Yellowstone has lots of amazing natural features to explore, but sometimes it’s the unassuming trail that delivers the most surprising enjoyment. Wraith Falls is not one of Yellowstone’s biggest or boldest waterfalls, but the 0.8-mile round trip hike to the 100-foot streaking cascade is as pleasant as it is easy. After making a beeline across a grassy meadow to the creek below Wraith Falls, the trail turns uphill, climbing fifty feet (out of a total of 100 feet of elevation gain) in the last tenth of a mile to a viewpoint of Wraith Falls.
In late summer, raspberries bloom along the dirt trail and might be the only thing to slow you down as you walk the first 0.3 miles of the trail to a wooden footbridge. Sparse pines allow long views over the valley. Cross Lupine Creek and climb a couple short switchbacks to a clear view of Wraith Falls. The water tumbles down a slick rock slope, cutting a channel through a forest of Douglas firs.
The white bulb-shaped gusher resembled a ghost to early surveyors who named it Wraith Falls. If you get spooked, just return the way you came. There is an entrance fee for Yellowstone National Park, but no permit is required to hike Wraith Falls Trail. If you are in the mood to see another waterfall, head a mile down the road to an overlook for Undine Falls.
To get to the trailhead: From Mammoth Hot Springs in the northwest corner of Yellowstone National Park, drive 5 miles southeast on Grand Loop Road. The turnout for Wraith Falls is on the south side of the road just under a mile past the turnout for Undine Falls (on the north side of the road).
Trailhead address: Grand Loop Road, Yellowstone National Park, WY82190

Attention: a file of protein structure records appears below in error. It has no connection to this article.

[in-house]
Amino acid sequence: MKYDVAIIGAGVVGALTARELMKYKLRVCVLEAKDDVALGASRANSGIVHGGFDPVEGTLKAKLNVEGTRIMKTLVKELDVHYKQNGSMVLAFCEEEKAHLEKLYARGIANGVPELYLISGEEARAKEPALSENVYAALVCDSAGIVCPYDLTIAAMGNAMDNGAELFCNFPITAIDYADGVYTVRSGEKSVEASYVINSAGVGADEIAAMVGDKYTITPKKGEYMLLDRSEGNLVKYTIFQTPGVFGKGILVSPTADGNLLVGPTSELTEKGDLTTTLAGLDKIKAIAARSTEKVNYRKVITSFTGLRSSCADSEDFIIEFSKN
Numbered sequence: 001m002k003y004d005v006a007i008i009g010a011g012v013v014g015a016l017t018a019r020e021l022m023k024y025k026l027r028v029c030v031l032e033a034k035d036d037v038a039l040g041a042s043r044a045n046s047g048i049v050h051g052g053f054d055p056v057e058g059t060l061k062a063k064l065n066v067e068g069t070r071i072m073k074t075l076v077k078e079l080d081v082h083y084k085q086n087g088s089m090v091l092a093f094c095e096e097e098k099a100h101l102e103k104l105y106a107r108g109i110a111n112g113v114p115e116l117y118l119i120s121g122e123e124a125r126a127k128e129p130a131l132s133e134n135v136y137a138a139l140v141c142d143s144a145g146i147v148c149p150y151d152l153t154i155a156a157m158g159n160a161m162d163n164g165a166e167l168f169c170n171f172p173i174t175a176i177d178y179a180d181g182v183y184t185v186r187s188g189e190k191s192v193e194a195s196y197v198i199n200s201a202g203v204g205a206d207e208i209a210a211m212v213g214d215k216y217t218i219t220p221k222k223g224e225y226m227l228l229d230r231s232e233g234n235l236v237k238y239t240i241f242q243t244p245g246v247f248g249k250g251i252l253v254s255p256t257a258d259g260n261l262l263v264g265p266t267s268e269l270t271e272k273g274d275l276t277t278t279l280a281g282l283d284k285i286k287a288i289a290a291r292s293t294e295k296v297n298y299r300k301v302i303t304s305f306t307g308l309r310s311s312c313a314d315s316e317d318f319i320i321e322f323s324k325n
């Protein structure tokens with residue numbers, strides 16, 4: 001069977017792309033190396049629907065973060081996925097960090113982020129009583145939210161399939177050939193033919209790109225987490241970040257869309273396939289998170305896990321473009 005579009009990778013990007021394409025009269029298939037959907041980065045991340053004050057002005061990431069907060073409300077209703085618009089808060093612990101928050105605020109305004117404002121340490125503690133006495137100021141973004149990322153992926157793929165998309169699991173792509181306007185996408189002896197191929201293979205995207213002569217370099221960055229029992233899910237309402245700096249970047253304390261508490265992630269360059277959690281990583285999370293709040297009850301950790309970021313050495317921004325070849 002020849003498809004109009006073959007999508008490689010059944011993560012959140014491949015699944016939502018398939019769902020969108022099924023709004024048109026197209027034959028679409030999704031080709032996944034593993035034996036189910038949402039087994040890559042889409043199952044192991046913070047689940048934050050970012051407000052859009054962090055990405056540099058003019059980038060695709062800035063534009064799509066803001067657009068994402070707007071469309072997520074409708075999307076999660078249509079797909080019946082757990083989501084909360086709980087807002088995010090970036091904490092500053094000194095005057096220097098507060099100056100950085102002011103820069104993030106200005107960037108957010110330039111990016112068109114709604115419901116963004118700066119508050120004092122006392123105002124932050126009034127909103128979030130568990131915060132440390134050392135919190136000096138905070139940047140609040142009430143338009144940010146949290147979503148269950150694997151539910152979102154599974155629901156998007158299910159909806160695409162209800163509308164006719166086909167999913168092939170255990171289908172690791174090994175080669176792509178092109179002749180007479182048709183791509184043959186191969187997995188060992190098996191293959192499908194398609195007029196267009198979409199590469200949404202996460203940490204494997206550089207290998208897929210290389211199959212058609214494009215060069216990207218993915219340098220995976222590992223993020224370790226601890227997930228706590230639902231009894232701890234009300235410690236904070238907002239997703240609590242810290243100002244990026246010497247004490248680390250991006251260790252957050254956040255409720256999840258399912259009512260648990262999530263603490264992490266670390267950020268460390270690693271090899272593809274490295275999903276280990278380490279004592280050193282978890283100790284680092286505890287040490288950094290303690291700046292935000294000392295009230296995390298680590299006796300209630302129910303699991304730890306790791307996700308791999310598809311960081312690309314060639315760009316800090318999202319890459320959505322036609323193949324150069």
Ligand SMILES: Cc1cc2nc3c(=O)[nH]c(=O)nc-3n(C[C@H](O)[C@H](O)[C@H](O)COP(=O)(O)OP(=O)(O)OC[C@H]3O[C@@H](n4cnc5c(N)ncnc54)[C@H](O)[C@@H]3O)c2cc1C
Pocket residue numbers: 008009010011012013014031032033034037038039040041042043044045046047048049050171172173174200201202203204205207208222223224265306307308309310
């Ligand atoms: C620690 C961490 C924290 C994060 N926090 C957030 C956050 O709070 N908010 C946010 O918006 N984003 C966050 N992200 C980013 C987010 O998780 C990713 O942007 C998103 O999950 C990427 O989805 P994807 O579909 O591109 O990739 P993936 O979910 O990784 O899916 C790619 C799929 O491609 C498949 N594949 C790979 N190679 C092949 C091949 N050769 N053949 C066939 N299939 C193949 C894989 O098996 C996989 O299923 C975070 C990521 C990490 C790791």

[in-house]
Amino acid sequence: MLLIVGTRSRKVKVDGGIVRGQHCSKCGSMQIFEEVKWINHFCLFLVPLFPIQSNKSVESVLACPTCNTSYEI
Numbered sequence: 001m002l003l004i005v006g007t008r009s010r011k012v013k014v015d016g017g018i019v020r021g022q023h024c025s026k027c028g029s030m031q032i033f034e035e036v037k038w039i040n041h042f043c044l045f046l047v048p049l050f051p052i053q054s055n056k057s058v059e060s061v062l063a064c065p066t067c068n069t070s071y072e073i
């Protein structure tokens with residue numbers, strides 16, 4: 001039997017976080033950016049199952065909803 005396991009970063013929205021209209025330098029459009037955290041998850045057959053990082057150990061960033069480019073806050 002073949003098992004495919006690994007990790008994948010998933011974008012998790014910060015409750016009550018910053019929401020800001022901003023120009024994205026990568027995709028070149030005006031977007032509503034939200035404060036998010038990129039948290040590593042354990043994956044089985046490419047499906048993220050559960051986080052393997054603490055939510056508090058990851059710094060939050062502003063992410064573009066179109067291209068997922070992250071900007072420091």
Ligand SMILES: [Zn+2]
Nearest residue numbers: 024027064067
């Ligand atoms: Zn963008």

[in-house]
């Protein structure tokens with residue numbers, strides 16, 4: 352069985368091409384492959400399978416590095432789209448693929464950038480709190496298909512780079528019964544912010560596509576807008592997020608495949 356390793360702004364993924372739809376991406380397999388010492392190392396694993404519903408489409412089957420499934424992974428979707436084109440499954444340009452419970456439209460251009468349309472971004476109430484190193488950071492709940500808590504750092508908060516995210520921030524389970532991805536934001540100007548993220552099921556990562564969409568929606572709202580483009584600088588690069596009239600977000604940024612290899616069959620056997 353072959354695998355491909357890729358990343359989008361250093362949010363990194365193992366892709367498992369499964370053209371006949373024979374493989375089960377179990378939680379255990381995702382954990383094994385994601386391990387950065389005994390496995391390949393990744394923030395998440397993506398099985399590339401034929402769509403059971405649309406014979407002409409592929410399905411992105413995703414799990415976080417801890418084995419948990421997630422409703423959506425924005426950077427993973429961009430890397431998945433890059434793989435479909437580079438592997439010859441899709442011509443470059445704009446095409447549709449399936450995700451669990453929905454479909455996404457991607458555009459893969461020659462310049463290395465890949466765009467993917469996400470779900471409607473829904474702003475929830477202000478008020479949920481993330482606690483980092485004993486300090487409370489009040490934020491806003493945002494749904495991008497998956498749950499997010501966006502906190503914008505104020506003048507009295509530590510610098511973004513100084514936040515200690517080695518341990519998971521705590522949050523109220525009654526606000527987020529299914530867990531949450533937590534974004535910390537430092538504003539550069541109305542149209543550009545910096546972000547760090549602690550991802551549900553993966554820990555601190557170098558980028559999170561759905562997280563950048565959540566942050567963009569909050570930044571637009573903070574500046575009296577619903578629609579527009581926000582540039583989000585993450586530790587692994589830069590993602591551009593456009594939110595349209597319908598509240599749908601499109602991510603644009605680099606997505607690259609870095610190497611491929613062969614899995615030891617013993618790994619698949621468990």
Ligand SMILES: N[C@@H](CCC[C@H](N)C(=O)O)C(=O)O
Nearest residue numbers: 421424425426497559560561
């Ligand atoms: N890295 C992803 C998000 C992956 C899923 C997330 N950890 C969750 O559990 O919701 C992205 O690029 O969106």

Trailhead coordinates: 44.942445, -110.623598 (44° 56′ 32.80″N 110° 37′ 24.95″W)
You may also view a regional map of surrounding Wyoming trails and campgrounds.
|Mammoth Hot Springs|
This series of boardwalks explores a park highlight, a collection of colorful hot springs terraces.
This 1.25-mile round trip hike follows a riverbank to a natural hot tub where a stream of water cooked by nearby hydrothermal features mixes with the river.
|Calcite Springs Overlook|
This 0.25-mile loop overlooks a dramatic section of the Yellowstone River lined by bleached cliffs and steam venting hydrothermal springs.
This 1-mile hike starts with a head-on view of a 132-foot waterfall. Unfortunately, the final leg of the trail to the base of Tower Fall is closed due to damage from rock and mud slides.
This 1.1-mile hike circles a hillside hydrothermal area, passing bursting mudpots, bubbling hot springs, and mesmerizing milky blue pools.
|Monument Geyser Basin|
This 2.8-mile hike reaches a rarely visited hydrothermal area that is boardwalk-free and fun to explore.
|More trails in Yellowstone|
Explore other hikes to waterfalls and hydrothermal hot spots in Yellowstone National Park.
|Yellowstone National Park Campgrounds|
There are 12 developed campgrounds with over 2,000 total sites spread throughout Yellowstone.